Wednesday, June 19, 2024

Kho Gaye Hum Kahan Movie Review: KHO GAYE HUM KAHAN’s strength lies in its performances, memorable moments and depiction.

KHO GAYE HUM KAHAN is the story of three friends. Imaad Ali (Siddhant Chaturvedi) is a stand-up comic with a dark past. He lives in Mumbai with his close friend, Ahana Singh (Ananya Panday), an MBA graduate and a working professional. Both are best friends with Neil Pereira (Adarsh Gourav), a gym trainer. Ahana is dating Rohan Bhatia (Rohan Gurbaxani) since three years. She wants to marry him but Rohan is not ready and he decides to take a break from the relationship. A distraught Ahana tries her best to get back to Rohan. When nothing works, she decides to resort to social media. Neil is having a fling with Lala (Anya Singh), an attractive fashion influencer. Neil is serious about her but she doesn’t want the world to know that they are seeing each other. Imaad, meanwhile, is a serial dating addict with commitment issues. He meets Simran Kohli (Kalki Koechlin), who’s older than her. Yet, both connect and get serious about each other. Meanwhile, Neil dreams of owning a premium gym where he’ll train only 10 members at a time so that they can be given adequate attention which might not be available in other fitness centres. Ahana loves the idea and offers to quit her job and help him in setting up his dream project. Imaad, who’s stinking rich, agrees to invest. What happens next forms the rest of the film.

Zoya Akhtar, Arjun Varain Singh and Reema Kagti’s story is relatable and relevant for today’s times. Zoya Akhtar, Arjun Varain Singh and Reema Kagti’s screenplay is breezy and uncomplicated. Apart from the relatable aspects, what also touches viewers is how the life of the trio has been depicted. A few moments stand out. At the same time, the writing gets too stretched. Yash Sahai’s dialogues are riddled with today’s lingo and again, have a relatable quality. Sapan Verma’s dialogues for stand-up comedy scenes are hilarious.

Arjun Varain Singh’s direction is neat. He ensures that one can connect with the goings-on, especially the urban youth. The issues, happiness, achievements etc. of the characters are a reflection of the lives many are living today. The social media angle also gives a nice touch. Arjun touches upon ghosting, the fake life of influencers, difficulties faced by people in staying away from their phones, using social media to get validation and even stalking ex-partners, bullying on social media etc. Some scenes that are well executed are Imaad and Simran’s first meet, Lala’s birthday bash, the epic showdown between Imaad and Neil etc. But it’s the song ‘Ishq Nachaawe’ which shows Arjun’s real strength as a storyteller. The finale is sweet.

On the flipside, there are times in the film where nothing much is happening. Hence, this 134-minute-long film could have been edited by 20 minutes. The track of Neil in the end will leave the audience divided. The turn of events is difficult to digest and also how he comes out of it is not convincing. This track is also left abrupt, which is strange since all the other tracks are nicely summed up in the end credits song. Lastly, the issues and lifestyle shown in the film is too urban and a big chunk of the audience won’t be able to relate.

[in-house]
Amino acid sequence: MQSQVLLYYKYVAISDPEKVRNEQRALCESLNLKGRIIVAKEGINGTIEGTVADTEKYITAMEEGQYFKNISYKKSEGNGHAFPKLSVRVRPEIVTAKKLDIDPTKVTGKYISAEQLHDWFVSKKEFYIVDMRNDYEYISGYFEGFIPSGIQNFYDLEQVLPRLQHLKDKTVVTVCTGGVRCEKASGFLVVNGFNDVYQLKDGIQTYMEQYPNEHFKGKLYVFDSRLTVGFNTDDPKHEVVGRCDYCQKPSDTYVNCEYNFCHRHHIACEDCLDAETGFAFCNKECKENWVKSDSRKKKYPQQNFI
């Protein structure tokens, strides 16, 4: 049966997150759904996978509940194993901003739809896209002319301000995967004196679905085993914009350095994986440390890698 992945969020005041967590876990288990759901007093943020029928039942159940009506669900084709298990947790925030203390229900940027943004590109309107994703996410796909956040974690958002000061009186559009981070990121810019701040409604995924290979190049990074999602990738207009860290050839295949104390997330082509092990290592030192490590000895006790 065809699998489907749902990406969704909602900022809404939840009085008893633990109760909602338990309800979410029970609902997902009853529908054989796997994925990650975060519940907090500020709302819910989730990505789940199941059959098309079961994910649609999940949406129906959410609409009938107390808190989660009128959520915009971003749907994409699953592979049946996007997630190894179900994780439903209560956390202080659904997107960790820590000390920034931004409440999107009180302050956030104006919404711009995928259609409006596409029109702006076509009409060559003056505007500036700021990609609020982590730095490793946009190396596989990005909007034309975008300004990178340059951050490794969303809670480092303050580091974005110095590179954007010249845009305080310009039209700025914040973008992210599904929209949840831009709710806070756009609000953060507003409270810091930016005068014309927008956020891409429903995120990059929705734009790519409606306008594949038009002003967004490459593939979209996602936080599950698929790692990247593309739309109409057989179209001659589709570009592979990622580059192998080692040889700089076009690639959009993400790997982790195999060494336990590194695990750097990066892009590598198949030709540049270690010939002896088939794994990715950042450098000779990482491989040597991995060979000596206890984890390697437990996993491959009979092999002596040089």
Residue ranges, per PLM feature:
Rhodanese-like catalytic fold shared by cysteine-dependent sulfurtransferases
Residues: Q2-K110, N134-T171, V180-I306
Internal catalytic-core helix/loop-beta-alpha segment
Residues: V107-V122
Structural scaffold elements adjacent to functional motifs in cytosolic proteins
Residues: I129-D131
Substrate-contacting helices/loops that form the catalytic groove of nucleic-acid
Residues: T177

Siddhant Chaturvedi delivers yet another commendable performance after GULLY BOY [2019] and proves why he’s an actor with immense potential. His comic timing is spot on but watch out for him in the emotional sequences. Ananya Panday, too, is a revelation with this film and perhaps, this is her best act. She performs with ease and looks natural. Adarsh Gourav is too good, as expected, and depicts the complexities of his part with utmost conviction. Kalki Koechlin is likeable and apt for the role. Anya Singh is convincing as an influencer who can go to any lengths for fame. She is a bit over the top but that was necessary. Vijay Maurya (Malcolm; Neil’s father), Rahul Vohra (Aamir; Imaad’s father) and Narendra Jetley (Paresh Phadnis; creepy neighbour) leave a mark. Rohan Gurbaxani, Divya Jagdale (Sally; Neil’s mother), Garima Yagnik (Meher; Ahana’s work colleague), Kashyap Kapoor (Melbun; Imaad’s manager), Mahathi Ramesh (Aisha) and Roshmin Mehandru (Harsh; Malaika’s primary trainer) are fair. Malaika Arora Khan is sizzling in a cameo.

KHO GAYE HUM KAHAN’s soundtrack also has a niche feel, just like the film. ‘Ishq Nachaawe’ stands out due to the tune, singing and picturization. ‘Hone Do Jo Hota Hai’ and the title track come next. ‘I Wanna See You Dance’, ‘Teri Yeh Baatein’ and ‘Baahon Mein Teri’ are okay. Sid Shirodkar’s background score is appropriate.

Tanay Satam’s cinematography is first-class and has a bit of a noir touch. Sally White’s production design is superior. Bridget Baker’s costumes are glamorous and stylish. Nitin Baid’s editing could have been slicker.

On the whole, KHO GAYE HUM KAHAN’s strength lies in its performances, memorable moments and most importantly, depiction of the reality of today’s social media era. The target audience, that is the urban youth, is sure to lap up the film.

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